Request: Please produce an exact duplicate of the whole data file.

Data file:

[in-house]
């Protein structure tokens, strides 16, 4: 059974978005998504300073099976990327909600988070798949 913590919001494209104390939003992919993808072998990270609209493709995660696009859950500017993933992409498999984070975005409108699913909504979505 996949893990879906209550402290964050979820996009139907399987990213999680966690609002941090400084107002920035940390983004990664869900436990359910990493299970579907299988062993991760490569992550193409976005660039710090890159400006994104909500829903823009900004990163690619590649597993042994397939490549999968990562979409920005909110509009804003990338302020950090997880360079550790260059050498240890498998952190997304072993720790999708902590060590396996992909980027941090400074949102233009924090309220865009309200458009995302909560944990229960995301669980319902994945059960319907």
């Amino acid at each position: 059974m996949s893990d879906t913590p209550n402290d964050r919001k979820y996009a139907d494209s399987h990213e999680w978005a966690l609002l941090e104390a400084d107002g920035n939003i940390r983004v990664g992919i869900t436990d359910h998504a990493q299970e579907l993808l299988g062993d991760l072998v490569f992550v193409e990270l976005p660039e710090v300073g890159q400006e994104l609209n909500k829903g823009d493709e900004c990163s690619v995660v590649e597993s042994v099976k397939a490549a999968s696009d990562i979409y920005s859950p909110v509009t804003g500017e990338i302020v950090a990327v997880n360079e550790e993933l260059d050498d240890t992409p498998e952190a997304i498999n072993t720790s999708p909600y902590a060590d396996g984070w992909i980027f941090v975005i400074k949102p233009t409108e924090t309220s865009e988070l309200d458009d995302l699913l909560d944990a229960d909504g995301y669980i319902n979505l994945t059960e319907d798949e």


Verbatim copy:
[in-house]
């Protein structure tokens, strides 16, 4: 059974978005998504300073099976990327909600988070798949 913590919001494209104390939003992919993808072998990270609209493709995660696009859950500017993933992409498999984070975005409108699913909504979505 996949893990879906209550402290964050979820996009139907399987990213999680966690609002941090400084107002920035940390983004990664869900436990359910990493299970579907299988062993991760490569992550193409976005660039710090890159400006994104909500829903823009900004990163690619590649597993042994397939490549999968990562979409920005909110509009804003990338302020950090997880360079550790260059050498240890498998952190997304072993720790999708902590060590396996992909980027941090400074949102233009924090309220865009309200458009995302909560944990229960995301669980319902994945059960319907």
């Amino acid at each position: 059974m996949s893990d879906t913590p209550n402290d964050r919001k979820y996009a139907d494209s399987h990213e999680w978005a966690l609002l941090e104390a400084d107002g920035n939003i940390r983004v990664g992919i869900t436990d359910h998504a990493q299970e579907l993808l299988g062993d991760l072998v490569f992550v193409e990270l976005p660039e710090v300073g890159q400006e994104l609209n909500k829903g823009d493709e900004c990163s690619v995660v590649e597993s042994v099976k397939a490549a999968s696009d990562i979409y920005s859950p909110v509009t804003g500017e990338i302020v950090a990327v997880n360079e550790e993933l260059d050498d240890t992409p498998e952190a997304i498999n072993t720790s999708p909600y902590a060590d396996g984070w992909i980027f941090v975005i400074k949102p233009t409108e924090t309220s865009e988070l309200d458009d995302l699913l909560d944990a229960d909504g995301y669980i319902n979505l994945t059960e319907d798949e």